Seaham festival to marking ‘mad, bad’ Lord Byron’s wedding anniversary

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A FESTIVAL to capitalise on Lord Byron’s links to a coastal town is being planned to mark the 200th anniversary of his ill-fated marriage.

A small celebration could be held in Seaham next year as a test run for the milestone celebrations in 2015 – two centuries after Lord Byron married Anne Isabella Milbanke at Seaham Hall.

Discussions are already under way with cafe owners and other venues earmarked to host displays, readings and events, with town leaders and organisations being encouraged to give their backing.

A costumed re-enactment is also being considered for the seafront, where the writer often walked during his stay in the area.

Organisers have stressed plans are in the early stages, but said they are already getting positive feedback from those who can help make the festival a reality.

The International Byron Society, which holds an annual conference, has already said it is interested in seeing how the plans develop and it is hoped a delegation of its members could visit next year.

If the events go ahead, it could attract devotees of Byron’s work from as far away as Japan and Australia.

The festival is the brainchild of Douglas Glendinning, who was spurred into action when visitors he was showing around the area were captivated by the stories of Byron’s connections to the former colliery town.

Mr Glendinning, an art historian who lives in Durham, said: “When I explained the connections, my friends were fascinated and I thought about the potential for Seaham and how it could develop.

“The idea is to have some public talks and there could be some for academics, but we also want it to be accessible so, for example, people could come in and listen to a reading in the library.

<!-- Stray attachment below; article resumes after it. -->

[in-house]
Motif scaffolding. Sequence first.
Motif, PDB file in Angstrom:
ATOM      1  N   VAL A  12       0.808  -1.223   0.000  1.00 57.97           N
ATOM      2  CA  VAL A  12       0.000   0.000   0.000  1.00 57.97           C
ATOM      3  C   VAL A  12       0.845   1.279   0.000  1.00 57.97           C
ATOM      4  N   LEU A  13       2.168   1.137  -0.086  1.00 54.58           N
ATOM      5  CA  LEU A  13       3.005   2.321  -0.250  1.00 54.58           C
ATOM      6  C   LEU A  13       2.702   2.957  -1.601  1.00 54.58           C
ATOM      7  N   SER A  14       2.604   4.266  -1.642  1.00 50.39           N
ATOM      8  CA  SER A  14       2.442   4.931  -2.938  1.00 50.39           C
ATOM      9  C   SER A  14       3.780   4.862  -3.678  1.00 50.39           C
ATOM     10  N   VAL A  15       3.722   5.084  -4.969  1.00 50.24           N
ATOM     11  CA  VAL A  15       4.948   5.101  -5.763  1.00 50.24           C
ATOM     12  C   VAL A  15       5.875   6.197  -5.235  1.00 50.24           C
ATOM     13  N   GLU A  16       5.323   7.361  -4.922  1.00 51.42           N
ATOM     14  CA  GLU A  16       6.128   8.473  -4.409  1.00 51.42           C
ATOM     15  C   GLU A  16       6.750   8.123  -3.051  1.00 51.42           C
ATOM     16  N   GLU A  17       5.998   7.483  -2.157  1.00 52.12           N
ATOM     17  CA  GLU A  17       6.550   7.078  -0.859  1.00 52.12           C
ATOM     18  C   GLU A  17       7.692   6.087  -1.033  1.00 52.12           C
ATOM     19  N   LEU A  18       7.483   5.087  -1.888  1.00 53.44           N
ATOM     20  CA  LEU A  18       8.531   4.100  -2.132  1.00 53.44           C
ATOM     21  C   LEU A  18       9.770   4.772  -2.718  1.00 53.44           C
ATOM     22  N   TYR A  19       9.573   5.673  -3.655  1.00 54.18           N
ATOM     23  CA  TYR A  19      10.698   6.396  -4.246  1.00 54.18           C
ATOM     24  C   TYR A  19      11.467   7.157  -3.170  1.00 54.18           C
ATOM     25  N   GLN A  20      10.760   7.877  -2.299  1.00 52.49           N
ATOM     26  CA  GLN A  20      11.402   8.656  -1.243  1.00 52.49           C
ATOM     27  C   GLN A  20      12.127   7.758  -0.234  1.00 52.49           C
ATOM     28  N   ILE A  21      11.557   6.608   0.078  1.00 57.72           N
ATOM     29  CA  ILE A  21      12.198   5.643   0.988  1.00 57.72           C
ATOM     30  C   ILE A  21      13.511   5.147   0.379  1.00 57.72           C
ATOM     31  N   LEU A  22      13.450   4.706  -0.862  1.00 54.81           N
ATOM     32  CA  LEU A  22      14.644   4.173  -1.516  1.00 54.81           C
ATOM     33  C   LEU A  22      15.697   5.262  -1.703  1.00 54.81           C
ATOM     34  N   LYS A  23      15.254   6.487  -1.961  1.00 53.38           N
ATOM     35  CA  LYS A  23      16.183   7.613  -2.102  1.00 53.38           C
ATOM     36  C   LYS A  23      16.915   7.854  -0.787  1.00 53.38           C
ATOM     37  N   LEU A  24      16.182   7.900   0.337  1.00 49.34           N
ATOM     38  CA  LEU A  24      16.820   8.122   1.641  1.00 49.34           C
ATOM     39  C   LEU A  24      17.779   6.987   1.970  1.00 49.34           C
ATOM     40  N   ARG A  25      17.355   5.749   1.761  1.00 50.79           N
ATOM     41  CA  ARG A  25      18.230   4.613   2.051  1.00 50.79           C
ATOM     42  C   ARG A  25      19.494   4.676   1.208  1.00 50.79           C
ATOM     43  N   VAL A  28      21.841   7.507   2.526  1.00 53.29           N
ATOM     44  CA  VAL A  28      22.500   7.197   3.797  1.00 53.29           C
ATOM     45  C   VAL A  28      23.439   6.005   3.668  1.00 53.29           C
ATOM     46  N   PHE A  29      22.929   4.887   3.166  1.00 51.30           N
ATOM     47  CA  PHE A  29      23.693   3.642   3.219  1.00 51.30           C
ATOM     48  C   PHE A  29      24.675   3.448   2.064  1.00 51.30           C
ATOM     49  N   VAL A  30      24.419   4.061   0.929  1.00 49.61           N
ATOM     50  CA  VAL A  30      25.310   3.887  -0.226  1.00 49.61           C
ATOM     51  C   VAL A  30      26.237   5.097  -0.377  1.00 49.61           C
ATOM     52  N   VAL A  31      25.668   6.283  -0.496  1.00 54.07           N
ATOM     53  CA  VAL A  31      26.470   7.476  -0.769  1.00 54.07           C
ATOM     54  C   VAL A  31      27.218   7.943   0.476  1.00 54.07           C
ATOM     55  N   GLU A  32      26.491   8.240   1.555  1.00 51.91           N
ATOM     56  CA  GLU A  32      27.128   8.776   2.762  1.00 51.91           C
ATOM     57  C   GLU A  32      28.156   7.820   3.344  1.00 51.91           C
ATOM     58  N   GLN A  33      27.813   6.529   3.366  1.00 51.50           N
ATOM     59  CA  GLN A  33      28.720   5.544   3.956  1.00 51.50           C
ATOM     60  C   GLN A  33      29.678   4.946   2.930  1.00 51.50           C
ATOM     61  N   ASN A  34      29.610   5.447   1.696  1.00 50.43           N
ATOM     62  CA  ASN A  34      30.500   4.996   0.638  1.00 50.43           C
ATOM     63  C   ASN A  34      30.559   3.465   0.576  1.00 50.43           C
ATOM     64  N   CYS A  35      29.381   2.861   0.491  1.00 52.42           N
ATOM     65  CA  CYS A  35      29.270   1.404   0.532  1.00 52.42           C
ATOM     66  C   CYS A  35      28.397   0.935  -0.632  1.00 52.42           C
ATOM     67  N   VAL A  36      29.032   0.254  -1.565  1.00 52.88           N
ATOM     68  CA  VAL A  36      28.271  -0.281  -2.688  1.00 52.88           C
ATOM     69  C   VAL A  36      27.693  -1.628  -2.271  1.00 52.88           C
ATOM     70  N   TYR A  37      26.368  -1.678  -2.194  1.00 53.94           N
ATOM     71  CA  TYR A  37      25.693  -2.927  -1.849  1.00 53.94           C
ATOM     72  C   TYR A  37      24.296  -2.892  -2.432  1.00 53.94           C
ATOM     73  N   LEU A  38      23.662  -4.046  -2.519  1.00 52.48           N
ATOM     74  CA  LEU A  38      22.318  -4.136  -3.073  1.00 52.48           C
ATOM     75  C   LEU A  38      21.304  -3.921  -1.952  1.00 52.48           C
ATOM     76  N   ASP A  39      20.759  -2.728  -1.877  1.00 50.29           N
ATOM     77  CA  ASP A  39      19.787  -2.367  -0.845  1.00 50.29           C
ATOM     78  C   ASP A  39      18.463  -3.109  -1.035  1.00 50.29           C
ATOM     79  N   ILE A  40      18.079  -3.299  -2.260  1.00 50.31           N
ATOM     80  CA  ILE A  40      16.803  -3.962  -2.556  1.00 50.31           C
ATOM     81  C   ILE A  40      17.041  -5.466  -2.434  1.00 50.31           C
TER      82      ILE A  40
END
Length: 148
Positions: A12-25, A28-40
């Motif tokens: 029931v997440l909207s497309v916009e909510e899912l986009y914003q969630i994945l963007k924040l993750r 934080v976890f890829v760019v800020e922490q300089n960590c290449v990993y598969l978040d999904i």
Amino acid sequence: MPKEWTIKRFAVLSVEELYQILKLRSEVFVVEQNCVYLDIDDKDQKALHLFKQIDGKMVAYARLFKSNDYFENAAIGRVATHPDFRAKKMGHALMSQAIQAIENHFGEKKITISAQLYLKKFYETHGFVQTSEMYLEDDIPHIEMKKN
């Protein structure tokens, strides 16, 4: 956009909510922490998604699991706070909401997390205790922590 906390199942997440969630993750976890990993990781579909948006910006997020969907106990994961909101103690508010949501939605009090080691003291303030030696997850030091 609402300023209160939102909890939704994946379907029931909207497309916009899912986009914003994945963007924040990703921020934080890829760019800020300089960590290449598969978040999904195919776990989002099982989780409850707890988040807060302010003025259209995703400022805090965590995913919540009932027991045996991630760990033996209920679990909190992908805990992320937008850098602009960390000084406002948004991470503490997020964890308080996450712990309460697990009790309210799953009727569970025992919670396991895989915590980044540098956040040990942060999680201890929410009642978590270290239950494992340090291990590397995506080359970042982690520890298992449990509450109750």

“If, for example, 100 people come to Seaham for four or five days, there’s a potential they could spend in the region of £500.

“They might stay somewhere such as Seaham Hall, they might stay in a bed and breakfast for £30, but all together it could be a substantial amount of money.”

Although the wedding of the couple was held in January, the plan is to hold the festivals during the summer.

Coun Ed Mason, leader of Seaham Town Council, is supportive of the plans.

He said: “It is true Seaham hasn’t always capitalised on the connection with Byron in the past.

“There are Bryon societies all over the world, including Japan.

“It would be nice to attract international visitors.”

Twitter: @EchoEastDurham

GEORGE Gordon Byron was born in London on January 22, 1788, and was the son of Captain John “Mad Jack” Byron and his second wife, Catherine Gordon of Gicht.

His life has been celebrated for his aristocratic excesses including huge debts, numerous love affairs and rumours of scandalous incestuous liaisons.

It’s been said he could have been suffering from manic depression and his wild behaviour famously led to him being described as “mad, bad, and dangerous to know” by his lover Lady Caroline Lamb.

He headed to County Durham in December 1814 to marry Anne Isabella Milbanke and the room used in the January 2, 1815, ceremony in Seaham Hall now takes his name, with the space used as a dining hall and meeting room.

The International Byron Society says he did not want to marry Annabella, as she was known, and efforts were made to cancel the service while he was on his way to County Durham.

His half-sister Augusta persuaded him to go ahead. The siblings later embarked on an affair.

By the time they began their honeymoon in Yorkshire, the bride and groom’s relations had begun to sour, but they went on to live in London.

He had began the Herbew Melodies in the October before he wed, with the work penned in collaboration with Isaac Nathan and sections of it completed while he was in East Durham. It was published in April 1815.

In January 1816, after his bad behaviour worsened and he had an affair with another woman, his wife left him, taking their child Ada. They never met again.

Byron wrote two poems about the separation, Fare Thee Well! and A Sketch from Private Life and spent the rest of his life complaining he did not know why she left.